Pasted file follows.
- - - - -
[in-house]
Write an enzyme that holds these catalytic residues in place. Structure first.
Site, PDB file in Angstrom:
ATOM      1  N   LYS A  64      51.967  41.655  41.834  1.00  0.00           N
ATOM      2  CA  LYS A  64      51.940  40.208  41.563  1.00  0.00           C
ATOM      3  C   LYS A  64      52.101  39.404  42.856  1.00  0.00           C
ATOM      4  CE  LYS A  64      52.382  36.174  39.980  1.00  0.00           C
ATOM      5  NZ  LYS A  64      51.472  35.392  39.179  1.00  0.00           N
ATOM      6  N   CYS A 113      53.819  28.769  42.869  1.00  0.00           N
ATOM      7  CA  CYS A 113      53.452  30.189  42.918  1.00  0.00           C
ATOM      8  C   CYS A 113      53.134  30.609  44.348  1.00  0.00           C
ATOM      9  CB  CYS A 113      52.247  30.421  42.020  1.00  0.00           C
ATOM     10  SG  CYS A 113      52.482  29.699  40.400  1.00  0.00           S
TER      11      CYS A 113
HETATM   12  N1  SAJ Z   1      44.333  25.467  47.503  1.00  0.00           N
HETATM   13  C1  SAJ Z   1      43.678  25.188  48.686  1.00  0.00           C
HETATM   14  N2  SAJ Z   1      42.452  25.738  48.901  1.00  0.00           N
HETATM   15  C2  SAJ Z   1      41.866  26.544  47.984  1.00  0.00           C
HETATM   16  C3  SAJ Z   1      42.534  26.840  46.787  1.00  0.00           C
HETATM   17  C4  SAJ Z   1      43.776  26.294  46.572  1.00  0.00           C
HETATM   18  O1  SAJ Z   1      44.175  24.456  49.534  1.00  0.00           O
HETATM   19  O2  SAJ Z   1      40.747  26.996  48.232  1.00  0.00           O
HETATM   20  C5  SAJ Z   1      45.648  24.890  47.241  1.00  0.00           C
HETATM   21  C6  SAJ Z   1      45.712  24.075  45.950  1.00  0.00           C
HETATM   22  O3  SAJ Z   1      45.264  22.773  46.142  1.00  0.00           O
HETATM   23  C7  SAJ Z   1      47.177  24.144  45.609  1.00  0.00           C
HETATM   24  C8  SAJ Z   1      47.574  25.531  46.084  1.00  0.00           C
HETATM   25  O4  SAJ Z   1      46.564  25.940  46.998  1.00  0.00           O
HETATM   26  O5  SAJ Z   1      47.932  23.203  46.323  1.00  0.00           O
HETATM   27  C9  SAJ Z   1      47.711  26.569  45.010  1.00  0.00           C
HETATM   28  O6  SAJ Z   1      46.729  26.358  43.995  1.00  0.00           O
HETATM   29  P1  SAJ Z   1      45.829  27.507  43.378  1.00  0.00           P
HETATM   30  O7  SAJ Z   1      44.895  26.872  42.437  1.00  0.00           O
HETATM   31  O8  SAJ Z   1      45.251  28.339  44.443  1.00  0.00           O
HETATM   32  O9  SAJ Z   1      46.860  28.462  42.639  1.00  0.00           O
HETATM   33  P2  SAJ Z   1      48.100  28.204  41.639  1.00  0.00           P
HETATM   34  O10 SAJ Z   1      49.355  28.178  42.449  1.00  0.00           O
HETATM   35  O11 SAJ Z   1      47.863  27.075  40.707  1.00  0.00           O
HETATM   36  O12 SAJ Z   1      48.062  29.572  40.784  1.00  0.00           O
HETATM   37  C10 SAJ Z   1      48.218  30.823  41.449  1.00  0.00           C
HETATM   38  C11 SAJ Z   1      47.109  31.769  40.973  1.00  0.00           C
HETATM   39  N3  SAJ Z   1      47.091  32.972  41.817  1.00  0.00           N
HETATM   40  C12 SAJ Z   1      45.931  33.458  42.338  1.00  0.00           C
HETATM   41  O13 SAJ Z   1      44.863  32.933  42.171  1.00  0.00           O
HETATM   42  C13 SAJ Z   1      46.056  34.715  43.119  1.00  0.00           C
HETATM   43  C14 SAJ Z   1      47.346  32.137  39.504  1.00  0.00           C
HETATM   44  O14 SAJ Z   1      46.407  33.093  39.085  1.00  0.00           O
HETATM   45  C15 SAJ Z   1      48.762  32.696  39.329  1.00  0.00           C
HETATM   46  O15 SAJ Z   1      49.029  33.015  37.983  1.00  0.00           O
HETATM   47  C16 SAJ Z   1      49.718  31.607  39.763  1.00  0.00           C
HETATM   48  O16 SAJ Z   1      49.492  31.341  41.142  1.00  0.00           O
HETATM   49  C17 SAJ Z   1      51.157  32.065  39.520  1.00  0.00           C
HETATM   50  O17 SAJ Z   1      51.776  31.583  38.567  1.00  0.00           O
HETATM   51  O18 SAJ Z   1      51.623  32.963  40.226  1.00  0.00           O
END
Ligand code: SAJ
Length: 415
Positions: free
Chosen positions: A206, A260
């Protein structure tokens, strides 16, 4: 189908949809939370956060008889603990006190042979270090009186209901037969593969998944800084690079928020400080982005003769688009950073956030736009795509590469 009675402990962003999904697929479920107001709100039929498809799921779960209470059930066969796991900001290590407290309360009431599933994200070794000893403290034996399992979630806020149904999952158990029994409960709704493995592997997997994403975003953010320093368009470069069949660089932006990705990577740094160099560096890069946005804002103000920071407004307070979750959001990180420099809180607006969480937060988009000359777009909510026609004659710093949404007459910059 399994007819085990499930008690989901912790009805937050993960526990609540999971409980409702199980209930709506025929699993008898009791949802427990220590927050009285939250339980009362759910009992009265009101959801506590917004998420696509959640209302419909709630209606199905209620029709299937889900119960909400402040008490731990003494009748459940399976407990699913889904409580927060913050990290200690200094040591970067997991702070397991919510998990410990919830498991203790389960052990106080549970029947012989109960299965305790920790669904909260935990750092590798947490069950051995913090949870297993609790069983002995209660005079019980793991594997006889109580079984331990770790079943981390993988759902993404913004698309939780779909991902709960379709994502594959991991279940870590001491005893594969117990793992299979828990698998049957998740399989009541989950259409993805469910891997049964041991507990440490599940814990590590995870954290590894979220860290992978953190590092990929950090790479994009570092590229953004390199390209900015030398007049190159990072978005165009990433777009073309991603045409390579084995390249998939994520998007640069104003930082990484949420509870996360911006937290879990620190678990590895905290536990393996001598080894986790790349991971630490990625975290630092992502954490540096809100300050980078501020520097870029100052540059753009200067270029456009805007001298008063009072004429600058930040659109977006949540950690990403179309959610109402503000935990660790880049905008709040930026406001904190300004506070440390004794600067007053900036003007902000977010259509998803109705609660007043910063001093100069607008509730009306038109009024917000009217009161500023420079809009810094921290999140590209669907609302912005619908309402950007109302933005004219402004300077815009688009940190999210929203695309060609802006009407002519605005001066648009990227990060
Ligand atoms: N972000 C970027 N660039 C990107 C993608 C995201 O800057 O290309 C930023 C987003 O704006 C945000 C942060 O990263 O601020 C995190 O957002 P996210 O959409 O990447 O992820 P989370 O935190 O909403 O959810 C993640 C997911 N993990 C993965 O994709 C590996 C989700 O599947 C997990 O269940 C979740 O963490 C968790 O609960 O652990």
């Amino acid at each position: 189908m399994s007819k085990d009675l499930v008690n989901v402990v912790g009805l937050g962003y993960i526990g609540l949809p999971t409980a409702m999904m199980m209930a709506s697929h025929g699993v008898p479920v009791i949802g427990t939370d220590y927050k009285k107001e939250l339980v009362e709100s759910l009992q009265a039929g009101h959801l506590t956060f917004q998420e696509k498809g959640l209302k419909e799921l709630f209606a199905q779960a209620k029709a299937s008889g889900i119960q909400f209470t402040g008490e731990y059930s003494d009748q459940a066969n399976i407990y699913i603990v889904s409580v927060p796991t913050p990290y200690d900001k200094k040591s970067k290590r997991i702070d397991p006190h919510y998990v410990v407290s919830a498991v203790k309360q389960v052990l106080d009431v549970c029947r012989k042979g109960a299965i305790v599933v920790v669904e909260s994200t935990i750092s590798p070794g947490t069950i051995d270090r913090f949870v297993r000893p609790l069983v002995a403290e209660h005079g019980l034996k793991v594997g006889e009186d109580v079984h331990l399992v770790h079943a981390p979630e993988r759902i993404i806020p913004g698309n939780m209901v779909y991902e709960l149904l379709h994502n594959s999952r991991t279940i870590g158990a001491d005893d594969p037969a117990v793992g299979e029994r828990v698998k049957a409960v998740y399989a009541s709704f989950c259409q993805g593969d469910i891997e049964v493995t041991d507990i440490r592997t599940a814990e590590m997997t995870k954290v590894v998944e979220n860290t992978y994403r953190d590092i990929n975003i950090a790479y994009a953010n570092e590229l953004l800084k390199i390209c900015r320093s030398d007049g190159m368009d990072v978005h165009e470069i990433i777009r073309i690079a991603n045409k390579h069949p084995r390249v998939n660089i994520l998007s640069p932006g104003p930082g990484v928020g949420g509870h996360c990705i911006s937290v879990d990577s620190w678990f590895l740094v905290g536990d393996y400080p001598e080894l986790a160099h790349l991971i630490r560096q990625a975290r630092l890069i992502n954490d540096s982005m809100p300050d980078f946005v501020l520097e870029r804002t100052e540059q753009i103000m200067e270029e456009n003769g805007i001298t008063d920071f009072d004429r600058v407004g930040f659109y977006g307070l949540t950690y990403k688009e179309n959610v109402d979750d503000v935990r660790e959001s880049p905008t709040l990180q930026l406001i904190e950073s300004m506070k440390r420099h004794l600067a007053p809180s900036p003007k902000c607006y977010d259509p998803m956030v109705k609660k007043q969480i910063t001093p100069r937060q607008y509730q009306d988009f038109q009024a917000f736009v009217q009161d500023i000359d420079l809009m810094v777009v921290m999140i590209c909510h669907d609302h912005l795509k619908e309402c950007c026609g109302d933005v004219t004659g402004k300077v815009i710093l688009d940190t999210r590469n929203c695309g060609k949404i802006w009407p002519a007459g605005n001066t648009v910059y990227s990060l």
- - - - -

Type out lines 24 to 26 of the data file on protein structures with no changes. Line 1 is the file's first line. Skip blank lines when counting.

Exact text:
HETATM   21  C6  SAJ Z   1      45.712  24.075  45.950  1.00  0.00           C
HETATM   22  O3  SAJ Z   1      45.264  22.773  46.142  1.00  0.00           O
HETATM   23  C7  SAJ Z   1      47.177  24.144  45.609  1.00  0.00           C